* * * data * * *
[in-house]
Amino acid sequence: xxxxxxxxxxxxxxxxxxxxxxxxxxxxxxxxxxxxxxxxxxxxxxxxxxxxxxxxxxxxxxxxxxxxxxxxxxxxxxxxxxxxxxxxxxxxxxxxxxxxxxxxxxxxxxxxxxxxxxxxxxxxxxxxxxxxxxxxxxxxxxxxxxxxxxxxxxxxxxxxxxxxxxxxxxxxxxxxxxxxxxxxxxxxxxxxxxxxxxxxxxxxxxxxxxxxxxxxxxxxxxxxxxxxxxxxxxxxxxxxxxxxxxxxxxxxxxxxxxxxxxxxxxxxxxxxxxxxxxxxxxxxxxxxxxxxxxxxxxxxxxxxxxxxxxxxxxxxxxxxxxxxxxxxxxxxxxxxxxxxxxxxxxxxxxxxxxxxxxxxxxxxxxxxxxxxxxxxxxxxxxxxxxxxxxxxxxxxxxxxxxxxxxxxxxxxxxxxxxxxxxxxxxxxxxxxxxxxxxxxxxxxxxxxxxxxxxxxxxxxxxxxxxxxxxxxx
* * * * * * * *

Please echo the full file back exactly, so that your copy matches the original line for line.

[in-house]
Amino acid sequence: xxxxxxxxxxxxxxxxxxxxxxxxxxxxxxxxxxxxxxxxxxxxxxxxxxxxxxxxxxxxxxxxxxxxxxxxxxxxxxxxxxxxxxxxxxxxxxxxxxxxxxxxxxxxxxxxxxxxxxxxxxxxxxxxxxxxxxxxxxxxxxxxxxxxxxxxxxxxxxxxxxxxxxxxxxxxxxxxxxxxxxxxxxxxxxxxxxxxxxxxxxxxxxxxxxxxxxxxxxxxxxxxxxxxxxxxxxxxxxxxxxxxxxxxxxxxxxxxxxxxxxxxxxxxxxxxxxxxxxxxxxxxxxxxxxxxxxxxxxxxxxxxxxxxxxxxxxxxxxxxxxxxxxxxxxxxxxxxxxxxxxxxxxxxxxxxxxxxxxxxxxxxxxxxxxxxxxxxxxxxxxxxxxxxxxxxxxxxxxxxxxxxxxxxxxxxxxxxxxxxxxxxxxxxxxxxxxxxxxxxxxxxxxxxxxxxxxxxxxxxxxxxxxxxxxxxx